Hardwicke Building survey finds strong business support for Direct Access to the Bar

20 Feb 2007

Hardwicke Building has announced the findings of a survey designed to test market perception after two years of Direct Access to the Bar.

Focusing on in-house legal counsel, company secretaries and commercial directors of medium to large UK businesses, potentially significant opportunities for the commercial Bar are demonstrated, at a time when the whole legal profession is undergoing a significant revolution.

The survey found 95% of respondents welcome direct access, but only half feel that they effectively understand how they can access the Bar.  34% of respondents instructed a barrister direct or through an in-house solicitor in the last 2 years, compared to 63% instructing through an external solicitor.

In-house lawyers are the most likely users of direct services although 59% of commercial directors thought it was possible they would also instruct a barrister directly, providing a significant opportunity to provide services to this market.

The vast majority of respondents in all roles welcomed Direct Access but less than half felt they understood sufficiently well how they can access the Bar.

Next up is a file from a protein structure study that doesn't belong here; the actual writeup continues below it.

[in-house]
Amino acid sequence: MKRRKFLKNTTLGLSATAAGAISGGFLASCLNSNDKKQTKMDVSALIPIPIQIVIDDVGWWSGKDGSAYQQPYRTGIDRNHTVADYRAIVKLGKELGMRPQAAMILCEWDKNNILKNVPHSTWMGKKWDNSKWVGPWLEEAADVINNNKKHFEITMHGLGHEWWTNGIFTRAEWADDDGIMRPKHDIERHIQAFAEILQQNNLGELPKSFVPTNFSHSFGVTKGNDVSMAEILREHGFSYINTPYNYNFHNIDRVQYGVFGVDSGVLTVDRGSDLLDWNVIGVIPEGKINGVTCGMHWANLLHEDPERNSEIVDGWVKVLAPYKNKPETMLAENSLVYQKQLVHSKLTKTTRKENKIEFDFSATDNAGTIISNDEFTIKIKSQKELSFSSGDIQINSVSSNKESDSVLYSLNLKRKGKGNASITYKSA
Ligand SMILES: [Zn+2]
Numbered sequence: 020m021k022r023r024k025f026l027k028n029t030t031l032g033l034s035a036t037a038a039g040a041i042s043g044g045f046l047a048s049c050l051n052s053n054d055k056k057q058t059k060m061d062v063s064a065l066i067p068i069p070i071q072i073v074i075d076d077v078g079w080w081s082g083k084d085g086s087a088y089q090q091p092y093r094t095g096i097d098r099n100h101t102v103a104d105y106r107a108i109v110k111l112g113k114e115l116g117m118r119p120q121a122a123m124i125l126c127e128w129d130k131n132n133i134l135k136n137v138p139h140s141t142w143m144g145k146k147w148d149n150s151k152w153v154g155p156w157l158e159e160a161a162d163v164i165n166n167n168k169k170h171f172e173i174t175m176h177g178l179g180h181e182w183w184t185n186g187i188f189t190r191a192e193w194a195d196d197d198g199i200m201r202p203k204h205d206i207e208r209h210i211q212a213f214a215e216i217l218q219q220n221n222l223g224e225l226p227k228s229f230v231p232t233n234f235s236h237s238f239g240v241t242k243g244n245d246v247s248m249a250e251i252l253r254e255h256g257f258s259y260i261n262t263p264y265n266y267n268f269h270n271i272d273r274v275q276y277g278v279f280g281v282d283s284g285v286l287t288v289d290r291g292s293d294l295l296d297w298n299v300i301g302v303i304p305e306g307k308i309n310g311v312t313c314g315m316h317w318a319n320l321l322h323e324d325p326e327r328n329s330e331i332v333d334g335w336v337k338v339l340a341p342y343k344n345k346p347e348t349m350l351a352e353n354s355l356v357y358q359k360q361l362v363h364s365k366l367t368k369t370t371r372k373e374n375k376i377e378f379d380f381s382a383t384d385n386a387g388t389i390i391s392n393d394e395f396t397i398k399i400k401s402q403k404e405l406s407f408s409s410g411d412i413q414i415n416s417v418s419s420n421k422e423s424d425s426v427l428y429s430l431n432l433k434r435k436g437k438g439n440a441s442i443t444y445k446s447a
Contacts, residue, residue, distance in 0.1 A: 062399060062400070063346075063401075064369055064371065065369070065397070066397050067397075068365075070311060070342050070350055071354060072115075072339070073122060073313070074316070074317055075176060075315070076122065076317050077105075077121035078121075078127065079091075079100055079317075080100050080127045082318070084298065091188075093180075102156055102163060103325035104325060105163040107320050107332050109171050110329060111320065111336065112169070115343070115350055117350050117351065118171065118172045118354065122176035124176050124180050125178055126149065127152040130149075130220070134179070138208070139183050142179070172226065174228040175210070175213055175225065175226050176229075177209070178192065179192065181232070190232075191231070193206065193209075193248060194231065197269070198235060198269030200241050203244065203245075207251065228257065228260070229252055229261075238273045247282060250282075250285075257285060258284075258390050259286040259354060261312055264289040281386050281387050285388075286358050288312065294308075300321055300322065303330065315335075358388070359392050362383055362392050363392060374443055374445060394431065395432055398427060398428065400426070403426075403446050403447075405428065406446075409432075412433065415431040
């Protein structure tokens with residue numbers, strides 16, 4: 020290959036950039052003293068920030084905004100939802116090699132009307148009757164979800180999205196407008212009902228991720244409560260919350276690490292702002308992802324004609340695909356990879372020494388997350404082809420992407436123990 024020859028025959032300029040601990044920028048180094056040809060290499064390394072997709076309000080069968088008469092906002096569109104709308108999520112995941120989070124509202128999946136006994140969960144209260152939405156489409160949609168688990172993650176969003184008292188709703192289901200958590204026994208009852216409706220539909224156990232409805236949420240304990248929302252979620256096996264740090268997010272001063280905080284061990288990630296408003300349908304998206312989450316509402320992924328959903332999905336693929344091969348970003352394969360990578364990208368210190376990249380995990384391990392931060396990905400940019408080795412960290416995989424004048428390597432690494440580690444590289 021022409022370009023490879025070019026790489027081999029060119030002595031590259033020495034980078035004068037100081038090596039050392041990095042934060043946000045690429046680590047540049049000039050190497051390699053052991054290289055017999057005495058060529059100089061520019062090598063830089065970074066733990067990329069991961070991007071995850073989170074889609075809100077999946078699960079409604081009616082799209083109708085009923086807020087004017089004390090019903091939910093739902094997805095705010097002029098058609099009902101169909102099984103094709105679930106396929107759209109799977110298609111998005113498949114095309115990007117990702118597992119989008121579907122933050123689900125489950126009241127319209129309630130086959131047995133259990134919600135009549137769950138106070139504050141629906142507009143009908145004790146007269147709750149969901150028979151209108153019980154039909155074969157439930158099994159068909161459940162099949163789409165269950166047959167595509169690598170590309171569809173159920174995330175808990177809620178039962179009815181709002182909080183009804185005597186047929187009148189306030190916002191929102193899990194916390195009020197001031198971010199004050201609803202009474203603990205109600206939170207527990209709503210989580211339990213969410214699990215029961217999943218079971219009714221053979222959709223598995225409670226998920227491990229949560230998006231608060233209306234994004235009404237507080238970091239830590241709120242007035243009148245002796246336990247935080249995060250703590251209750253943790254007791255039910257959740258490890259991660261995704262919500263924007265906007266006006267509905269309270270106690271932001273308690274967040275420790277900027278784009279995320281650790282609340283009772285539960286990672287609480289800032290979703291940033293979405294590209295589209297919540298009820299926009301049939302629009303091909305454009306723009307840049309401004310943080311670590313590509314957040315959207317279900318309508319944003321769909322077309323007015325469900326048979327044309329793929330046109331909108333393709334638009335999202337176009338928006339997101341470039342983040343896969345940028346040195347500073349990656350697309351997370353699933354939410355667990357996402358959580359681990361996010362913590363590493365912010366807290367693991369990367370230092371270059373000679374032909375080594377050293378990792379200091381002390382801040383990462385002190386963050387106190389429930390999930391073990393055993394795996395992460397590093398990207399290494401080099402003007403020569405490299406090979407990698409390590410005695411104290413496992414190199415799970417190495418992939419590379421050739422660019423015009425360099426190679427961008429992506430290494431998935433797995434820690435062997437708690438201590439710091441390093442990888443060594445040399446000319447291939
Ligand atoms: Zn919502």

Commenting on the survey findings, Hardwicke Chief Executive Ann Buxton said: “This is Hardwicke’s first market perceptions analysis and indicates that there is an increasing recognition of the specialist services that the Bar can provide to corporates users and in-house counsel and the potentially cost effective manner in which these are delivered. The regulatory and structural changes in the profession provide significant opportunities for chambers to provide the framework in which commercial clients will feel comfortable to consult a barrister.”

Chairman of the Bar, Geoffrey Vos QC commented: “This survey…has yielded interesting results.  The degree of interest shown in Direct Access is very encouraging…and recognises the Bar’s capacity to alter the way it delivers legal services to the market…this augers well for the future prospects of Direct Access….”